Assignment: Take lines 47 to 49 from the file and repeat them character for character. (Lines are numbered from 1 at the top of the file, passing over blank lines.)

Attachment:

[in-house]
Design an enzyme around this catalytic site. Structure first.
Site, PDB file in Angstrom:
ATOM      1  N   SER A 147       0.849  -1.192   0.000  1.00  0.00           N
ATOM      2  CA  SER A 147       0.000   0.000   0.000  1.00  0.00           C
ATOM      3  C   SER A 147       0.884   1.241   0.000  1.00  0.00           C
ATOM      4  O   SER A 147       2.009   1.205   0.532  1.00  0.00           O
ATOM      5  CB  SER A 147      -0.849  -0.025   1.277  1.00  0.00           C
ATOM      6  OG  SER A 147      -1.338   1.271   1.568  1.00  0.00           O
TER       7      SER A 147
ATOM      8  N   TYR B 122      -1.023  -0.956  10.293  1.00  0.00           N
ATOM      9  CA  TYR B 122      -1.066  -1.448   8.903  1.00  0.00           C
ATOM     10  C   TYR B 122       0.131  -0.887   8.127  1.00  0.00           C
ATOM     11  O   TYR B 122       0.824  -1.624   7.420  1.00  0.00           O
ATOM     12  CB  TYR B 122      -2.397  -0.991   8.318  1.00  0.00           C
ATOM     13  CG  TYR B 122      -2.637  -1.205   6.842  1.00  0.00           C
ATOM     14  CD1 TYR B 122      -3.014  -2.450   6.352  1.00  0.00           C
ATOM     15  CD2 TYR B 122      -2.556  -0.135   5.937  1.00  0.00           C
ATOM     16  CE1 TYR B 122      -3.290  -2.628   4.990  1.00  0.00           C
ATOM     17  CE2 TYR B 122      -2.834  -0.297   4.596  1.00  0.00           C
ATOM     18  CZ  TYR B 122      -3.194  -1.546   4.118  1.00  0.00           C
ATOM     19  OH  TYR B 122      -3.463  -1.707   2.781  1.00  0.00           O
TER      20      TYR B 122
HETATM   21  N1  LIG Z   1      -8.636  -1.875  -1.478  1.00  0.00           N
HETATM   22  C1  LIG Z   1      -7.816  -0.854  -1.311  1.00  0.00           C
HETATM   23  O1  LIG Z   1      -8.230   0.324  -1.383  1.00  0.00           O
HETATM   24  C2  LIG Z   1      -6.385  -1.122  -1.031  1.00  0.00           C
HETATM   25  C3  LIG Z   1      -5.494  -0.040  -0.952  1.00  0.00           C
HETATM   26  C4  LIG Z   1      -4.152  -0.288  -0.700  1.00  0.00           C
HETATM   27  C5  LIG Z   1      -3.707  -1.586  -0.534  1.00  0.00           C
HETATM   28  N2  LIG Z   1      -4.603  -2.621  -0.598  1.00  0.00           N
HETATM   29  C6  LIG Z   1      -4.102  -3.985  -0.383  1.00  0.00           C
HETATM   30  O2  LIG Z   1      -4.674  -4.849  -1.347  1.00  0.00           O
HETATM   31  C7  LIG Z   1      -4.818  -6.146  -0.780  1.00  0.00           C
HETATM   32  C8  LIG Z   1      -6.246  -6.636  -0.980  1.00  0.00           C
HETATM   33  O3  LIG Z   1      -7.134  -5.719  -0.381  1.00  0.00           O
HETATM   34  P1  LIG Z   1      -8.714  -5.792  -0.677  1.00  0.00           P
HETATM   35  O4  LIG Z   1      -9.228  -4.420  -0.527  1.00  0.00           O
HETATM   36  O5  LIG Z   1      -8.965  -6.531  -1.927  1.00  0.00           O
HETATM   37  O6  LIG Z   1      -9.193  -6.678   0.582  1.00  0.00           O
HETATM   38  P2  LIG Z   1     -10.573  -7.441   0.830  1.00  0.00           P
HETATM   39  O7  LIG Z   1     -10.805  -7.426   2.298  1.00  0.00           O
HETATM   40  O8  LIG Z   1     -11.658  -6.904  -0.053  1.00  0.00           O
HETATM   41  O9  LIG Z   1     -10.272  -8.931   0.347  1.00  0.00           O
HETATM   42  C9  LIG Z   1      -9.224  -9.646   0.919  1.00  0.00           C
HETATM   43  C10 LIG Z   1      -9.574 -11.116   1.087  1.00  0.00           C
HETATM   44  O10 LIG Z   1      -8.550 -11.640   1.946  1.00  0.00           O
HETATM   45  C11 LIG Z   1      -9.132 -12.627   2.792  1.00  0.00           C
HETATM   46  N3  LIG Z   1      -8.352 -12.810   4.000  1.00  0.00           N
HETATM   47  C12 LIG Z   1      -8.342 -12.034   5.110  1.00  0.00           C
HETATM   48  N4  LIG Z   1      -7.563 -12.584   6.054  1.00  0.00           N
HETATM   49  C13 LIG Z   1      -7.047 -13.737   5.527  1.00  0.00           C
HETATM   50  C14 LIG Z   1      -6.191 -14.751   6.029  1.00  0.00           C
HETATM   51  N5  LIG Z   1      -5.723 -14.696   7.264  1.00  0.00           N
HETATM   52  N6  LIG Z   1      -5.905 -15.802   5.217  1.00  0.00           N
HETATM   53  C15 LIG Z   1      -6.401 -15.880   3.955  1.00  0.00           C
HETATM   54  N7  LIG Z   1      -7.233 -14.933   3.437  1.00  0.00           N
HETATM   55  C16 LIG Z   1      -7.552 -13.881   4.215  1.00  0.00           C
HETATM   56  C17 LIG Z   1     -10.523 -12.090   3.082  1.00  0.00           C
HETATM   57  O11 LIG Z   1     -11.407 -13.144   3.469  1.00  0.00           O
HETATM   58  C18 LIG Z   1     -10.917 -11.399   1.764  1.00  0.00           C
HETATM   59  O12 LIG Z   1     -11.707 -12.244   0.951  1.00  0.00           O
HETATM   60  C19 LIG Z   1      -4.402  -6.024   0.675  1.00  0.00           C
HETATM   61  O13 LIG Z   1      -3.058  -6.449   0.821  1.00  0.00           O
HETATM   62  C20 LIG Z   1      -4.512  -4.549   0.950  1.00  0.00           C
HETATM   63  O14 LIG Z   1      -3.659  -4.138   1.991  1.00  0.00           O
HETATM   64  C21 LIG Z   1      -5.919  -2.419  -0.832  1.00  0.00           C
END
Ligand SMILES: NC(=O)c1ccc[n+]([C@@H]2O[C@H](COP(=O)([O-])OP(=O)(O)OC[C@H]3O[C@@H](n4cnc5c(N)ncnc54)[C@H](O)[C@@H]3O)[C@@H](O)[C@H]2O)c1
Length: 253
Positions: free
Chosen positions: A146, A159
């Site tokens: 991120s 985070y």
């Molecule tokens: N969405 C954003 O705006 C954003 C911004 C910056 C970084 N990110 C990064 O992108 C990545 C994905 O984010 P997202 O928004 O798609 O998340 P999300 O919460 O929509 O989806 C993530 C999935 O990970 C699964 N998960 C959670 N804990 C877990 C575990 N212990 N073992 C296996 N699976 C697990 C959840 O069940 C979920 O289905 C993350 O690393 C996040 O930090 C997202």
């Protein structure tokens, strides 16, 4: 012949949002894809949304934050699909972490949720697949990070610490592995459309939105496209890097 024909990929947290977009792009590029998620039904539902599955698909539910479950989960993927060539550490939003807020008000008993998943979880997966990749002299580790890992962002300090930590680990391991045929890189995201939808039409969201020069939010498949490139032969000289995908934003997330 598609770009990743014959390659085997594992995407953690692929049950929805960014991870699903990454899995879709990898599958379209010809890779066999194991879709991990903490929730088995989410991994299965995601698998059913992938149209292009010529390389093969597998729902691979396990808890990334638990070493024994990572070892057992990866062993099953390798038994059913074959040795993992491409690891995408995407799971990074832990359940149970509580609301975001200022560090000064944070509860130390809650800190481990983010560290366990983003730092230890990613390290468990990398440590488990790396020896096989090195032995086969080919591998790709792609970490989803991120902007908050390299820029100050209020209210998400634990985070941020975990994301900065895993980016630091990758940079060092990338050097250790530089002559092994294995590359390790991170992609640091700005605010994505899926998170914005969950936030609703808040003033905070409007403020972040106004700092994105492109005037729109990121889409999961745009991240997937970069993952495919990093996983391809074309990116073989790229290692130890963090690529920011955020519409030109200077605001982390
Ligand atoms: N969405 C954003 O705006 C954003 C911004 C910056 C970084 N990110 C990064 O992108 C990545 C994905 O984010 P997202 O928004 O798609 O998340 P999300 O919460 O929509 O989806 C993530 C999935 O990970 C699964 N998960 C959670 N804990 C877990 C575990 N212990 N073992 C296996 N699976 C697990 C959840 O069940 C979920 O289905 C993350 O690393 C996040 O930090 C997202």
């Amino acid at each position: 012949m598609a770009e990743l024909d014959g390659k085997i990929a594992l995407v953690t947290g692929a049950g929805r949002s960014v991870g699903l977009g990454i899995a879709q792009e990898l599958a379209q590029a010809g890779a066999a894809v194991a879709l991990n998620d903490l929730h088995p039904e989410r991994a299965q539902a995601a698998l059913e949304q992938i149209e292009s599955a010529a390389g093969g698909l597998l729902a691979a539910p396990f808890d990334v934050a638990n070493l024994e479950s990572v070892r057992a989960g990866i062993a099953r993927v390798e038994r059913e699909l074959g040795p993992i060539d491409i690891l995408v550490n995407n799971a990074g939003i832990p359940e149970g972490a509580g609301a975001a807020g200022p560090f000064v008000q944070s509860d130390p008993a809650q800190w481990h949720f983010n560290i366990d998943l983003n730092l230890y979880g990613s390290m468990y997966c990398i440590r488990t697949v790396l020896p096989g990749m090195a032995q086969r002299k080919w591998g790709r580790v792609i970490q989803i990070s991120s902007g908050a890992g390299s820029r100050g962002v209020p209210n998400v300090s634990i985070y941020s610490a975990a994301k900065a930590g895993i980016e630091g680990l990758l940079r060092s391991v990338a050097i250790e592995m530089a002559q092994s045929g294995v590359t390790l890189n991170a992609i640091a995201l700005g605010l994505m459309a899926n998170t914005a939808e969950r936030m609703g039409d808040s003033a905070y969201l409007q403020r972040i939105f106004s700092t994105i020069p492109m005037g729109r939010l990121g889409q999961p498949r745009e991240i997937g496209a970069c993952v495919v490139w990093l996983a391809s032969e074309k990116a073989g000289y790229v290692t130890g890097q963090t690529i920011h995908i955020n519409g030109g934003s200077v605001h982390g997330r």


HETATM   44  O10 LIG Z   1      -8.550 -11.640   1.946  1.00  0.00           O
HETATM   45  C11 LIG Z   1      -9.132 -12.627   2.792  1.00  0.00           C
HETATM   46  N3  LIG Z   1      -8.352 -12.810   4.000  1.00  0.00           N